Mayor Mike McMillan’s not sure how everything will shake out in the effort to create a special tax district for schools in the Spanish Fort feeder pattern, but with all three public meetings behind them, it’s time to make some decisions.

“We had a third one [Sept. 17] and after that the council [will] weigh all the comments, suggestions, all those things, and make a determination on how we want to proceed from there,” McMillan said. “Nothing’s been done at this point other than we’re listening to the public trying to get input from them. We’ve discussed as a council how would we go and what we would request. We talked about potential school board, how you’d set up a board to oversee the spending, but nothing’s set in concrete at this point.”

The meetings were to discuss the effort to have a vote on a 3 mill property tax in the feeder pattern that would be spent only on enhancements for those four schools. The four schools are Spanish Fort High School, Spanish Fort Middle, Spanish Fort Elementary and Rockwell Elementary.

Included in the district are Spanish Fort as well as parts of the cities of Daphne and Loxley and some neighborhoods in unincorporated areas of the county. McMillan said the three meetings were necessary to make sure everyone from across the district can express their concerns and ideas.

“That’s above and beyond what’s normally done with our third public hearing and go from there with the plan,” McMillan said, adding the council will work to formulate a clear plan of action before asking for the referendum.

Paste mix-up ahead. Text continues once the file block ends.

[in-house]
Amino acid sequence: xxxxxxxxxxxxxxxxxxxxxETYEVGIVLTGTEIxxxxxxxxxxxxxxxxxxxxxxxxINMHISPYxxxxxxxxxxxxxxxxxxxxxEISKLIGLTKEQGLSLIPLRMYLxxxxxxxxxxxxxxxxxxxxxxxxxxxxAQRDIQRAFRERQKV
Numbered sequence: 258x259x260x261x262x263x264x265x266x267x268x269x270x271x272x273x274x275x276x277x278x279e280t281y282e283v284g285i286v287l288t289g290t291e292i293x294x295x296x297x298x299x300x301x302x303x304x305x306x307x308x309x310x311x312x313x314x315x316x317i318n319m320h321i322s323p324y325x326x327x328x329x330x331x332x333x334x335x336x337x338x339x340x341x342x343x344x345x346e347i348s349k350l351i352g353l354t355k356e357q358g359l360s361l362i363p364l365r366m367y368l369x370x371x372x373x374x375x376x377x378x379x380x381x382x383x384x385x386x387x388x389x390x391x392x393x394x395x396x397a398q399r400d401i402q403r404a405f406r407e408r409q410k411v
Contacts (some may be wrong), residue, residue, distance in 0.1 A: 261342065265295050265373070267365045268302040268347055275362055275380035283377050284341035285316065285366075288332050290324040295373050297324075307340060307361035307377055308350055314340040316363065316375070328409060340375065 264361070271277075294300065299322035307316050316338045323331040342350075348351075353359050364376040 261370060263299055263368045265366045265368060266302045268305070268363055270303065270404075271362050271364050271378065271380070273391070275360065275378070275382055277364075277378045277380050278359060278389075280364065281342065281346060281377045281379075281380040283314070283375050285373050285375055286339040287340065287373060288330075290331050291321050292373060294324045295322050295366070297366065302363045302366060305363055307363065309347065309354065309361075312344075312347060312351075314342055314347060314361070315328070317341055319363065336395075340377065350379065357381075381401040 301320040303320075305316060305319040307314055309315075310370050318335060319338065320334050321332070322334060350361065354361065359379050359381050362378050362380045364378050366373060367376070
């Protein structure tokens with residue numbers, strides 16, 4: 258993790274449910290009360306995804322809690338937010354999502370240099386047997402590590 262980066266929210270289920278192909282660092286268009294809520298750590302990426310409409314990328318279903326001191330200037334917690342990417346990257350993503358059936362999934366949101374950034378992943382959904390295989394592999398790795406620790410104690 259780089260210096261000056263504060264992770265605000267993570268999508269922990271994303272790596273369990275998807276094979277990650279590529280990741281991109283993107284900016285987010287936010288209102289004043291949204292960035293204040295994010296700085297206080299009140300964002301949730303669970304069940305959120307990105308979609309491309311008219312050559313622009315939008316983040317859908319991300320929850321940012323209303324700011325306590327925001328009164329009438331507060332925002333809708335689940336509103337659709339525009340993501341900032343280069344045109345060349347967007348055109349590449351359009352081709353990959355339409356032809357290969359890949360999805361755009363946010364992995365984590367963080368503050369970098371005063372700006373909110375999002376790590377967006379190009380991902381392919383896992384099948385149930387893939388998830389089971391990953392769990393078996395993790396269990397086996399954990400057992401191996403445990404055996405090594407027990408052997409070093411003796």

“You cannot ask for a referendum unless you have a complete program and your hands around the program about how it’s going to be. For example, how and who would be on this appointed school board? Who would make the appointments?

“You have to answer all those questions because you don’t want gray area in any kind of referendum. It needs to be spelled out in black and white 100 percent.”

McMillan said the earliest the City Council could be ready to present any plan would be at its Oct. 1 meeting, with the vote possibly in spring 2019.

If passed, the 3 mills would raise $750,000 annually to be spent in the school district. A local board would be formed to make recommendations on where the money would be spent, McMillan said.

“The council is very emphatic that it would be strictly for academic and arts enhancement, nonathletic,” McMillan said. “Strictly going to all four schools within our feeder pattern.”

No district in Baldwin County has yet voted on a similar tax but both Daphne and Fairhope have explored the idea. Gulf Shores came the closest to getting a vote but that effort eventually stalled when the local group and county officials couldn’t agree on control of how the money would be used. Gulf Shores eventually decided to start its own school system.